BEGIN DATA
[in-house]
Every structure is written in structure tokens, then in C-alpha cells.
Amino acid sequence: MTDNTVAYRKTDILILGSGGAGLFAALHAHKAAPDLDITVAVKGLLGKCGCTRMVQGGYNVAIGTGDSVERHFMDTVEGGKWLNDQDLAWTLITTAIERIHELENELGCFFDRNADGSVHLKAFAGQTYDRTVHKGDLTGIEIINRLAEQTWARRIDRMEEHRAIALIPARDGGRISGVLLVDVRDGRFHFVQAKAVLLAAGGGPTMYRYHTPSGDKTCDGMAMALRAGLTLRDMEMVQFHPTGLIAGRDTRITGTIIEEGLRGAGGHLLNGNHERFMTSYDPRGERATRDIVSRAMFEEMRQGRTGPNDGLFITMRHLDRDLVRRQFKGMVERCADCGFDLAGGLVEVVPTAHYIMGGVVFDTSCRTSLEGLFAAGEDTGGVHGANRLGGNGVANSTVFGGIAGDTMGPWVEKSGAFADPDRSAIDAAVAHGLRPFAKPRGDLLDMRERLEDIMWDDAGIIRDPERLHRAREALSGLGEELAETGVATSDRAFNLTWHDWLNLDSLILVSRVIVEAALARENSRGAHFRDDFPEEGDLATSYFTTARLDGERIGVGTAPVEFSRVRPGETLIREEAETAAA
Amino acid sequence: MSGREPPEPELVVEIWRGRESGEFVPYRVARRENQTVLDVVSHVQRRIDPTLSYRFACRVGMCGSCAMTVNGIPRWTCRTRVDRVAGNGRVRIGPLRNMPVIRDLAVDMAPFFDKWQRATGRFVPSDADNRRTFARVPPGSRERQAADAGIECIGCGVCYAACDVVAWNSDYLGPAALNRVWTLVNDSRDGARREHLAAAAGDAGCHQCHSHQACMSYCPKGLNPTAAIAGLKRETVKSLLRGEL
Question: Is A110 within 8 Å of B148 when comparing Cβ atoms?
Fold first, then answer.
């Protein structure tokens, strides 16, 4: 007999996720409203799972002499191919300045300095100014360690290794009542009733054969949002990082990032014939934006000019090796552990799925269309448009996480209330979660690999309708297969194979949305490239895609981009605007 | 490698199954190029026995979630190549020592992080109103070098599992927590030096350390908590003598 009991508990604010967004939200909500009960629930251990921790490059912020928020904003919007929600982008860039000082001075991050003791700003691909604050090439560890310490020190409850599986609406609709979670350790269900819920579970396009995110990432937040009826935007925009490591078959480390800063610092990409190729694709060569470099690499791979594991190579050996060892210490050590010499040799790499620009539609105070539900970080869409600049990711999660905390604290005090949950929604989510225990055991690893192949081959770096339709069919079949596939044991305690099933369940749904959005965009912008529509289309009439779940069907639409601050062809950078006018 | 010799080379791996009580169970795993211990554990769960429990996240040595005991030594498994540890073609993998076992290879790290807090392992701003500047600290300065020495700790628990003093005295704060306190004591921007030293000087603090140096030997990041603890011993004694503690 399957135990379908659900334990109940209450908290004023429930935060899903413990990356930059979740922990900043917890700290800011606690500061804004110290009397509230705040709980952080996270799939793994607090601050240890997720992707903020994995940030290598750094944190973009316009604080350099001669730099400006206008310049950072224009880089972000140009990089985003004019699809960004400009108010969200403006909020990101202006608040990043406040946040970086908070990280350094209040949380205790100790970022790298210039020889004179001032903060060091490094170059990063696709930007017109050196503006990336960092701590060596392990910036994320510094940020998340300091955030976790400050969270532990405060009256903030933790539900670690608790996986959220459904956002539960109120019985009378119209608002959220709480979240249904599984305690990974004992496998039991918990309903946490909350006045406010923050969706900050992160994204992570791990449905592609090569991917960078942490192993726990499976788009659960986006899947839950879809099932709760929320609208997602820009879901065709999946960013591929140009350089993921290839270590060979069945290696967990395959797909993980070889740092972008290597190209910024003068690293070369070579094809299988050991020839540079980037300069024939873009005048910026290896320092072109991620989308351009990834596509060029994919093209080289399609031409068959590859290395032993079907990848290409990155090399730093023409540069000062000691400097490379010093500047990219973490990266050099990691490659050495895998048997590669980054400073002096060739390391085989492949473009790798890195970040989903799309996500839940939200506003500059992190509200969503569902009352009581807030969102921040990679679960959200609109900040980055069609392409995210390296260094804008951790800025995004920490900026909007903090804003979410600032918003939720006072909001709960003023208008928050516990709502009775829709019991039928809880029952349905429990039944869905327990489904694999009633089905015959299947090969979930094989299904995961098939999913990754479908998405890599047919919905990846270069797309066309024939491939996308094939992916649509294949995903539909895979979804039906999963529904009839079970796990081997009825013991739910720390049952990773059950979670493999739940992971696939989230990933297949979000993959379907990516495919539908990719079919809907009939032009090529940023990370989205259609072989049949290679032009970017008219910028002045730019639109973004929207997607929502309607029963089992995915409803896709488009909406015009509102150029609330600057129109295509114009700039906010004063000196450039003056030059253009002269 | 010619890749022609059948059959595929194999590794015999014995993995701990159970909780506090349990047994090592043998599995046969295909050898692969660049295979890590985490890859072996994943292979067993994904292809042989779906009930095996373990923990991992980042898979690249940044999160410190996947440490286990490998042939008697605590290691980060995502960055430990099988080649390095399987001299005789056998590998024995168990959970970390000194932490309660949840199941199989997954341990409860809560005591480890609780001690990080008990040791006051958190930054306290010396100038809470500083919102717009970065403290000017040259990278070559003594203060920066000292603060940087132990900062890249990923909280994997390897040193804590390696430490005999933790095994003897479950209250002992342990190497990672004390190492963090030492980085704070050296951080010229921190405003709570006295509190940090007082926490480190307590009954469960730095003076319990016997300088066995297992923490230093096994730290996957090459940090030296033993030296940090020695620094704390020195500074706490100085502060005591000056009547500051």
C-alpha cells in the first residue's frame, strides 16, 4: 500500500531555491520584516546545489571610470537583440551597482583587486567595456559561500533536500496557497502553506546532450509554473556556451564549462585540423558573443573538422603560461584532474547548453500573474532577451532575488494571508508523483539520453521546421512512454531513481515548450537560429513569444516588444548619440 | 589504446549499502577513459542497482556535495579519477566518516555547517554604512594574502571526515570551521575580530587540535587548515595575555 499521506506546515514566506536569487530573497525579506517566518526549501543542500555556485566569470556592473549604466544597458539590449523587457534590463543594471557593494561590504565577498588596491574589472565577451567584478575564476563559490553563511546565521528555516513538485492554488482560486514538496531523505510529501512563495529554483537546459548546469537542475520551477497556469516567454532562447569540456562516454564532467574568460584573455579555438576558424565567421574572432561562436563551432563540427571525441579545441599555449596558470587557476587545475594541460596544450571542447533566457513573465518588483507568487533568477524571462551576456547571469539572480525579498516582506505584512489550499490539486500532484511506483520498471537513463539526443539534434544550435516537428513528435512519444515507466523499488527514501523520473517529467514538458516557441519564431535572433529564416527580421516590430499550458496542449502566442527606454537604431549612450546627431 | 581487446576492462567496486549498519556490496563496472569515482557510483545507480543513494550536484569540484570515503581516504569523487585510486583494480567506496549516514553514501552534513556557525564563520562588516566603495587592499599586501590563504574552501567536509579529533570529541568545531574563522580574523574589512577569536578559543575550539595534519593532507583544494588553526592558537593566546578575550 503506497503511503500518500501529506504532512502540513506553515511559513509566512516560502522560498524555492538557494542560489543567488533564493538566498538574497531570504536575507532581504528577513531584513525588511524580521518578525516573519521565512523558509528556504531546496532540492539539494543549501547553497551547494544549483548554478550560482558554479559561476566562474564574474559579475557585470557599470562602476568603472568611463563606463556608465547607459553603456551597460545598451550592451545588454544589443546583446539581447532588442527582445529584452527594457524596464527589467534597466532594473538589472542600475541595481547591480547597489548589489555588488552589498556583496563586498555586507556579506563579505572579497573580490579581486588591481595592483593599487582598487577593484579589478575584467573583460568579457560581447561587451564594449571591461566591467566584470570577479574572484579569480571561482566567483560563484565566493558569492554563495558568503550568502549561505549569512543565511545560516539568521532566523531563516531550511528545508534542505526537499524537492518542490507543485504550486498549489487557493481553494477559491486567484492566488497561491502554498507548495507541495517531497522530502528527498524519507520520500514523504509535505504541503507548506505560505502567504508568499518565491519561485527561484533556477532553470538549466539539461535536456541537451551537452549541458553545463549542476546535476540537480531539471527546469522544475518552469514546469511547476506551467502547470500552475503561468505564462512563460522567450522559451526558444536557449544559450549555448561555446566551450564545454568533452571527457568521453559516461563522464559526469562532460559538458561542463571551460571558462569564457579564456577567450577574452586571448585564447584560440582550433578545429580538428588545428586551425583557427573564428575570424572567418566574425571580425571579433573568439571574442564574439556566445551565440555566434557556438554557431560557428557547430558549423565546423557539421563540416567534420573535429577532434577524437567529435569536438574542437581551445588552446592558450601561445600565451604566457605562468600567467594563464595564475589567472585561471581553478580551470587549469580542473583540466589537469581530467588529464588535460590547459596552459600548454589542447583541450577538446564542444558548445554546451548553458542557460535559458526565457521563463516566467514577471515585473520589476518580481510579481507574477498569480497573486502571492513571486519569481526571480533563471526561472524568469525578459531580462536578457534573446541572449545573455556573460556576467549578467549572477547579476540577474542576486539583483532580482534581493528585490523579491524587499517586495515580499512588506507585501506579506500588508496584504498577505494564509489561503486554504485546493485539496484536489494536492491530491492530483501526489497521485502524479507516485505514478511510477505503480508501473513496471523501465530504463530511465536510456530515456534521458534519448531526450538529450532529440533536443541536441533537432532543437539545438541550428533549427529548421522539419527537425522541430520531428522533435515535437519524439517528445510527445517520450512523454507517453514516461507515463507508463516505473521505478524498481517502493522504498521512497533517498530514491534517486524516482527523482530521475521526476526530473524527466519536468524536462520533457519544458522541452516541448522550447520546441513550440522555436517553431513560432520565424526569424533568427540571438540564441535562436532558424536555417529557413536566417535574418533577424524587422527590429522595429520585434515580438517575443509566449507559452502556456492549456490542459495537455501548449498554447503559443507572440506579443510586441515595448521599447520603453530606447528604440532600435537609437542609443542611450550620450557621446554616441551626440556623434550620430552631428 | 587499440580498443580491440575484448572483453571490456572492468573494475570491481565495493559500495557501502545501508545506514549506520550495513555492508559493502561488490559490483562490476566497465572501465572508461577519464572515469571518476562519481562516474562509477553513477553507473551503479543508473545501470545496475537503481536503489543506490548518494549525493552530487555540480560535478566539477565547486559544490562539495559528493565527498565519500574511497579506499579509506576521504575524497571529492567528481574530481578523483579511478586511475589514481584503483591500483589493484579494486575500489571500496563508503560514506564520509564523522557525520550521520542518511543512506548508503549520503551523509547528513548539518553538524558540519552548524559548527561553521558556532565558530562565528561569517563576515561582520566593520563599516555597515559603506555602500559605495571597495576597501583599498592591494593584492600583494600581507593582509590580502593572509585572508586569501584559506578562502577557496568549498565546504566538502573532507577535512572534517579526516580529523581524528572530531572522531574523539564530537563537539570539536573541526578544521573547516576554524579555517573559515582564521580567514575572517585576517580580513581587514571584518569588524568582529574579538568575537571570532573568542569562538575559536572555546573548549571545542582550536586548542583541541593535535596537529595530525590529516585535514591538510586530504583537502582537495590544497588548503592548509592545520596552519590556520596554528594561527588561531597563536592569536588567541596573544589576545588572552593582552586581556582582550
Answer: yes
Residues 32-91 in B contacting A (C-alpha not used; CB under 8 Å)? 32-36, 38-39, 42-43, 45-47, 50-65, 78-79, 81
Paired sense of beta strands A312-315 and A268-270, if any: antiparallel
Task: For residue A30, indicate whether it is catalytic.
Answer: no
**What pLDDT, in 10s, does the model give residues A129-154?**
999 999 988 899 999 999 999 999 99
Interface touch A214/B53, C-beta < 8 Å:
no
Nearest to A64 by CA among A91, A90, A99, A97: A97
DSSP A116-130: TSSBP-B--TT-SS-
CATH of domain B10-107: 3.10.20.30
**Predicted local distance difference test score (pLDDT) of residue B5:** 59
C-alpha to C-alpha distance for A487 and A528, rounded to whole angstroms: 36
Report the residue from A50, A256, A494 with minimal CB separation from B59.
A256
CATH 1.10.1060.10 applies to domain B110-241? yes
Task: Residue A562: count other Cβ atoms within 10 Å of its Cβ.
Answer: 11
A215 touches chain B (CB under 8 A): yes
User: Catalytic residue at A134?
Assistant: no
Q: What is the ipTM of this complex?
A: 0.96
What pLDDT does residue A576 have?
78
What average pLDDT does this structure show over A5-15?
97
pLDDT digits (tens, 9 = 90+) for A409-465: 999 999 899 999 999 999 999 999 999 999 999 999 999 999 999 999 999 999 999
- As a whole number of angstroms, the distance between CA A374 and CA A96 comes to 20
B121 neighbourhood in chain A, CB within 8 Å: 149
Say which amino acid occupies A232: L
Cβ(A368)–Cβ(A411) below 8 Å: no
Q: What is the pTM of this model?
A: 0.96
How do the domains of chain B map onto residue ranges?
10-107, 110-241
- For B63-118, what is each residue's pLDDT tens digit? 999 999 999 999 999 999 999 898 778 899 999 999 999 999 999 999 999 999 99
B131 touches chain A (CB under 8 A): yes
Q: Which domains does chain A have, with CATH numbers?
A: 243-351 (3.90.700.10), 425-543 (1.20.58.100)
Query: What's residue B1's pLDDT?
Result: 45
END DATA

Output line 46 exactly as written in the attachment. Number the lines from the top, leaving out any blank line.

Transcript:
- For B63-118, what is each residue's pLDDT tens digit? 999 999 999 999 999 999 999 898 778 899 999 999 999 999 999 999 999 999 99